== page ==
The FOA Reference Guide To Fiber Optics
Cable Types: (L>R): Zipcord, Distribution, Loose Tube, Breakout
Cable provides protection for the optical fiber or fibers within it appropriate for the environment in which it is installed.
Fiber optic "cable" refers to the complete assembly of fibers, other internal parts like buffer tubes, ripcords, stiffeners, strength members all included inside an outer protective covering called the jacket. Fiber optic cables come in lots of different types, depending on the number of fibers and how and where it will be installed. It is important to choose cable carefully as the choice will affect how easy the cable is to install, splice or terminate and what it will cost.
Cable's job is to protect the fibers from the environment encountered in an installation. Will the cable become wet or moist? Will it have to withstand high pulling tension for installation in conduit or continual tension as in aerial installations? Does it have to be flame-retardant? Ultra flexible? Will the cable be exposed to chemicals or have to withstand a wide temperature range? What about being gnawed on by a woodchuck or prairie dog? Inside buildings, cables don't have to be so strong to protect the fibers, but they have to meet all fire code provisions. Outside the building, it depends on whether the cable is buried directly, pulled in conduit, strung aerially or whatever.
All cables are comprised of layers of protection for the fibers. Most all start with standard fiber with a primary buffer coating (250 microns) and add:
Tight buffer coating (tight buffer cables like simplex, zipcord, distribution and breakout types): A soft protective coating applied directly to the 250 micron coated fiber to provide additional protection for the fiber, allowing easier handling, even direct termination on the fiber.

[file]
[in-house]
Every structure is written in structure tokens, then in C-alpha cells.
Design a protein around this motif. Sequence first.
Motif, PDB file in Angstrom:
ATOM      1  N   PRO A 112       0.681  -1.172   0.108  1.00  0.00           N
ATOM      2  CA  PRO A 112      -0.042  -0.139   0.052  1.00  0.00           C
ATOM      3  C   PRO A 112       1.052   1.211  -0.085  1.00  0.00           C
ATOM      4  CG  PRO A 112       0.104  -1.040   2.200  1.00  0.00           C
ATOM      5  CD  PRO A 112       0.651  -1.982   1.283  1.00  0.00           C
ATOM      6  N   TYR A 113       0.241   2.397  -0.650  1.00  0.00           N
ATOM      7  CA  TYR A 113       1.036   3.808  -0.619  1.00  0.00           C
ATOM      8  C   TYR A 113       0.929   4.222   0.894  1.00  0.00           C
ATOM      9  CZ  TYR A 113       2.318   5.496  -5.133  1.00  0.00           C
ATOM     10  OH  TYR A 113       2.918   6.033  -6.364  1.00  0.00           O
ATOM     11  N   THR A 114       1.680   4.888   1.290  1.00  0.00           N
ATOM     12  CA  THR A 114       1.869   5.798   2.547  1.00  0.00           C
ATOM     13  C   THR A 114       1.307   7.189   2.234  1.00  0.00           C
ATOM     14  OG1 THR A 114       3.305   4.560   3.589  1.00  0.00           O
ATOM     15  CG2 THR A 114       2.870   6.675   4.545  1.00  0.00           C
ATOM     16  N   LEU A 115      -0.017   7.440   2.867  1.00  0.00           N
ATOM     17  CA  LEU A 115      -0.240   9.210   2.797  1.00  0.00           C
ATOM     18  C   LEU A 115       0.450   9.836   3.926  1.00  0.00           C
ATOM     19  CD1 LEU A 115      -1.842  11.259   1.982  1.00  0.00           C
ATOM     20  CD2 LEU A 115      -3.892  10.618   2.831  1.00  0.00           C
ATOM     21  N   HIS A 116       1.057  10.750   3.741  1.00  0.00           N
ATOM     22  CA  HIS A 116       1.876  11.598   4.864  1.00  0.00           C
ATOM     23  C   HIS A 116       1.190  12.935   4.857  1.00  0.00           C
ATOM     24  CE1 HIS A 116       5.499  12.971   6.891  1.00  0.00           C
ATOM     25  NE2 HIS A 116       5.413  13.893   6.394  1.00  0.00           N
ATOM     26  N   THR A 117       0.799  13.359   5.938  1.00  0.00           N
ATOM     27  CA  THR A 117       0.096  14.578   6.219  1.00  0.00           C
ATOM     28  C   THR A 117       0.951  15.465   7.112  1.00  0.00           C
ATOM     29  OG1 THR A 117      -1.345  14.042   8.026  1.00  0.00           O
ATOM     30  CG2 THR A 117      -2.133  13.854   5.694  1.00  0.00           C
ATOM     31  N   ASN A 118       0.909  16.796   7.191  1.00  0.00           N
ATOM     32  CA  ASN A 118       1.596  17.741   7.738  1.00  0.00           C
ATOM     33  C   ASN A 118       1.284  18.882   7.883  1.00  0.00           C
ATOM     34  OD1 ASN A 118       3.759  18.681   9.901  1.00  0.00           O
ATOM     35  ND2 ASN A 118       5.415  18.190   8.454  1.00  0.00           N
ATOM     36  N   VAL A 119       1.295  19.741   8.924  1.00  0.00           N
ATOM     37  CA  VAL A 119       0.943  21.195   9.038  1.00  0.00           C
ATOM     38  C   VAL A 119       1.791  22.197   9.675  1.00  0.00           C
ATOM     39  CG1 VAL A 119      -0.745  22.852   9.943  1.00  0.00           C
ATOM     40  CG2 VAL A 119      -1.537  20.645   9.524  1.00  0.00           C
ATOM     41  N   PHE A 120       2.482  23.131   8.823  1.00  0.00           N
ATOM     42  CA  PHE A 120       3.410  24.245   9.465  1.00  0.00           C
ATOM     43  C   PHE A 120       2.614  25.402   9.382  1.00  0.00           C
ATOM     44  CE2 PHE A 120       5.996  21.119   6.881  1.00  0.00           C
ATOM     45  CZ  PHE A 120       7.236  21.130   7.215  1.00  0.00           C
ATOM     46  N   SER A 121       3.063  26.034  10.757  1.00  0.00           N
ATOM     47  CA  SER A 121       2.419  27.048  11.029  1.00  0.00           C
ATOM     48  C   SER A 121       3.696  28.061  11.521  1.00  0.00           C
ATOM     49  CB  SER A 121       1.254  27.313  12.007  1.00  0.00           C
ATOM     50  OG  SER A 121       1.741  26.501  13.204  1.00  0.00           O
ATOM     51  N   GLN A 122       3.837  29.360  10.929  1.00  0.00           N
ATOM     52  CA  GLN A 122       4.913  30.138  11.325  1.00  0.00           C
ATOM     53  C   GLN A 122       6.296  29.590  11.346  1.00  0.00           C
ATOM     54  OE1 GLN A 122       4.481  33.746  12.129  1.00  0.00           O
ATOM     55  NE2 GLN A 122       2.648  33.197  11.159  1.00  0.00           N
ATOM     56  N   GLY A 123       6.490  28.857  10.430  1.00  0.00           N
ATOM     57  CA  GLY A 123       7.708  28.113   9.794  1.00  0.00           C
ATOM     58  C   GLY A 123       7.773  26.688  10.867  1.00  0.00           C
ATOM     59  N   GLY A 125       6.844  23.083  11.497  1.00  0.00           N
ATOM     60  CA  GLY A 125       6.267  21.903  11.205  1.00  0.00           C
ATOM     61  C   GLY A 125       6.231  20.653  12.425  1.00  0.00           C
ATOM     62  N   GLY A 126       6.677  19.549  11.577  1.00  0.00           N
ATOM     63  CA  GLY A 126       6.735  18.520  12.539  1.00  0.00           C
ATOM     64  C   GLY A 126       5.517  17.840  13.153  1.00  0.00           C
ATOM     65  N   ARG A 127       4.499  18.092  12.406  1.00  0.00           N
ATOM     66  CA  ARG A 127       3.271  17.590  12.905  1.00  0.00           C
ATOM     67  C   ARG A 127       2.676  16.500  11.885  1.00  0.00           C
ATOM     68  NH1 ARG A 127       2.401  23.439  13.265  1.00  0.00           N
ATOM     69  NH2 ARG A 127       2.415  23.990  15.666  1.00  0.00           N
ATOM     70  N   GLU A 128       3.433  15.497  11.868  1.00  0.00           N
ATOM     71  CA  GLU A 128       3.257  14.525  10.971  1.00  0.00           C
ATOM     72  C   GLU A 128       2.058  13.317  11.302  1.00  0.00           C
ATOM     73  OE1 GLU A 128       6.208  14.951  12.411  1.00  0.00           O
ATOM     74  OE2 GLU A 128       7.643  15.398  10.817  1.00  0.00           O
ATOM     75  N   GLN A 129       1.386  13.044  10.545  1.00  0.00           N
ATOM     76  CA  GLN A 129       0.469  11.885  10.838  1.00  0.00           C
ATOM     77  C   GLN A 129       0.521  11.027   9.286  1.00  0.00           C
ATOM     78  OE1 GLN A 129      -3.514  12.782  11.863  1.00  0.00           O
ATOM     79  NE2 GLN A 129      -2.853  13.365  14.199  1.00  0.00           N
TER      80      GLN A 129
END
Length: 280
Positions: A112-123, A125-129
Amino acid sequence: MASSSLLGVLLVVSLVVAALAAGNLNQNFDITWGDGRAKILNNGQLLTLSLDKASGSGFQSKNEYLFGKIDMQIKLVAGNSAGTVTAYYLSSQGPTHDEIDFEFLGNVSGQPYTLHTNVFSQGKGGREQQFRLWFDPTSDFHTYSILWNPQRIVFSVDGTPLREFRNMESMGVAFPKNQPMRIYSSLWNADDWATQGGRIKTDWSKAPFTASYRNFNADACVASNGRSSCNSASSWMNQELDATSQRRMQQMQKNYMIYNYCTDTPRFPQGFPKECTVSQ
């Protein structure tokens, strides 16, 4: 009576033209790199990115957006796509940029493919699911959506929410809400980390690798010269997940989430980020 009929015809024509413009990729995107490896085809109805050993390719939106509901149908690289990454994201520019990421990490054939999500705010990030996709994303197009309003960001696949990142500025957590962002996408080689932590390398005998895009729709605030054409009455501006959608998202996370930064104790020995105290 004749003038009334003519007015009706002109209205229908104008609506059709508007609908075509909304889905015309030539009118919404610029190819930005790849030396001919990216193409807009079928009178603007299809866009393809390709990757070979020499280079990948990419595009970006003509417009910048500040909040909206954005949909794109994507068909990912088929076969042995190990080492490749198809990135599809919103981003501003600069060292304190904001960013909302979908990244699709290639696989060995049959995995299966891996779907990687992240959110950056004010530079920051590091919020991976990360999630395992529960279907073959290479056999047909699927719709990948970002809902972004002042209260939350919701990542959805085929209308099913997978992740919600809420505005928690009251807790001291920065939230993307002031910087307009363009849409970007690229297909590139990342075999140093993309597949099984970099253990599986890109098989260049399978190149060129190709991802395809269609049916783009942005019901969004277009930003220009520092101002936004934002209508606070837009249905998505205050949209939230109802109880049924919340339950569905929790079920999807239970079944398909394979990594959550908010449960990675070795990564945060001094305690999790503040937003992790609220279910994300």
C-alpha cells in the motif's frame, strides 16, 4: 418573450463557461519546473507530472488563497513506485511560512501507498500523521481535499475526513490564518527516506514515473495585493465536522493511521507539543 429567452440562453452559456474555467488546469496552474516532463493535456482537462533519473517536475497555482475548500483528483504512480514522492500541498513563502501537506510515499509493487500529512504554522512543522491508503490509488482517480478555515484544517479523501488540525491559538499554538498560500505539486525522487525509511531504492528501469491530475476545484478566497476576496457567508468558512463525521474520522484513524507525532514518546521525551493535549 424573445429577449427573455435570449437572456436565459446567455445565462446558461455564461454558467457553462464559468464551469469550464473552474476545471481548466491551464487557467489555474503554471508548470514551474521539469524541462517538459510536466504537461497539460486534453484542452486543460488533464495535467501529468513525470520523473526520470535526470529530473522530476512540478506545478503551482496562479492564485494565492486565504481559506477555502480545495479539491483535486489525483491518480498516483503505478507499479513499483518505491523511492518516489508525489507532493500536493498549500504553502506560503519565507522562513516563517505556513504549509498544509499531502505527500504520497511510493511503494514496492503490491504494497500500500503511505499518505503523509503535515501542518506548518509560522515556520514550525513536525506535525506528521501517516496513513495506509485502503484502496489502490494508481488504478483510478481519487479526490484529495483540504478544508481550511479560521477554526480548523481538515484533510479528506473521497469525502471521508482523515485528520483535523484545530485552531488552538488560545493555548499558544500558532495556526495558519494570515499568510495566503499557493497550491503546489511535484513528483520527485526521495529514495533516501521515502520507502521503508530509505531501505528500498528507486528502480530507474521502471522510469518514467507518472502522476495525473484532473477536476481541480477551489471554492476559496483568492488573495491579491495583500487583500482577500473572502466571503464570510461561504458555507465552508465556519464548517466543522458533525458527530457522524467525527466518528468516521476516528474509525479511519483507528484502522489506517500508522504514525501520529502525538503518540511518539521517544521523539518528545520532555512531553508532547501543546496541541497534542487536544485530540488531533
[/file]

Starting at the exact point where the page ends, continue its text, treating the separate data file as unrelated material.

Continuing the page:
Loose Tubes (loose tube cables): Small, thin plastic tubes containing as many as a dozen 250 micron buffered fibers used to protect fibers in cables rated for outside plant use. They allow the fibers to be isolated from high pulling tension and can be filled with water-blocking materials to prevent moisture entry.
Strength members and stiffeners: Usually aramid yarn, the same used in bulletproof vests, often called by the duPont trade name Kevlar, which absorbs the tension needed to pull the cable and provides cushioning for the fibers. Aramid fibers are used not only because they are strong, but they do not stretch. If pulled hard, they will not stretch but eventually break when tension exceeds their limits. This ensures that the strength members will not stretch and then relax, binding the fibers in the cable. The proper method of pulling fiber optic cables is always to attach the pull rope, wire or tape to the strength members.
Some cables also include a central fiberglass rod used for additional strength and to stiffen the cable to prevent kinking and damaging the fibers. When included, these rods should be attached to swivel pulling eyes.
Jacket: The outermost layer of protection for the fibers that is chosen to withstand the environment in which the cable is installed. Outside cables will generally be black polyethelene (PE) which resists moisture and sunlight exposure. Indoor cables use flame-retardant jackets that can be color-coded to identify the fibers inside the cable. Some outdoor cables may have double jackets with a metallic armor between them to protect from chewing by rodents or kevlar for strength to allow pulling by the jackets. Indoor-outdoor cables have a PE outer jacket that can be removed to expose a flame-retardant inner jacket for use within buildings.
Protection Against Water and Moisture: Cables installed outdoors require protecting the fibers from water. Either a gel or absorbent tape or powder is used to prevent water from entering the cable and causing harm to the fibers. Generally, this applies to loose tube or ribbon cables, but dry water-blocking is used on some tight buffer cables used in short outdoor runs, such as building to building on a campus or to an outdoor wireless antenna or CCTV camera.
Look at the pictures below to see how each type of cable incorporates these components.
Tight buffer cables (Simplex, Zipcord, Distribution and Breakout) are used where cable flexibility and ease of termination are important, more so than ruggedness and pulling strength which characterize loose tube and ribbon types of cable. Generally, tight buffer cables are used indoors and loose tube/ribbon cables outdoors.
Simplex and zip cord
These types are used mostly for patch cord and backplane applications, but zipcord can also be used for desktop connections. Simplex cables are one fiber, tight-buffered (coated with a 900 micron buffer over the primary buffer coating) with Kevlar (aramid fiber) strength members and jacketed for indoor use. The jacket is usually 3mm (1/8 in.) diameter. Zipcord is simply two of these joined with a thin web.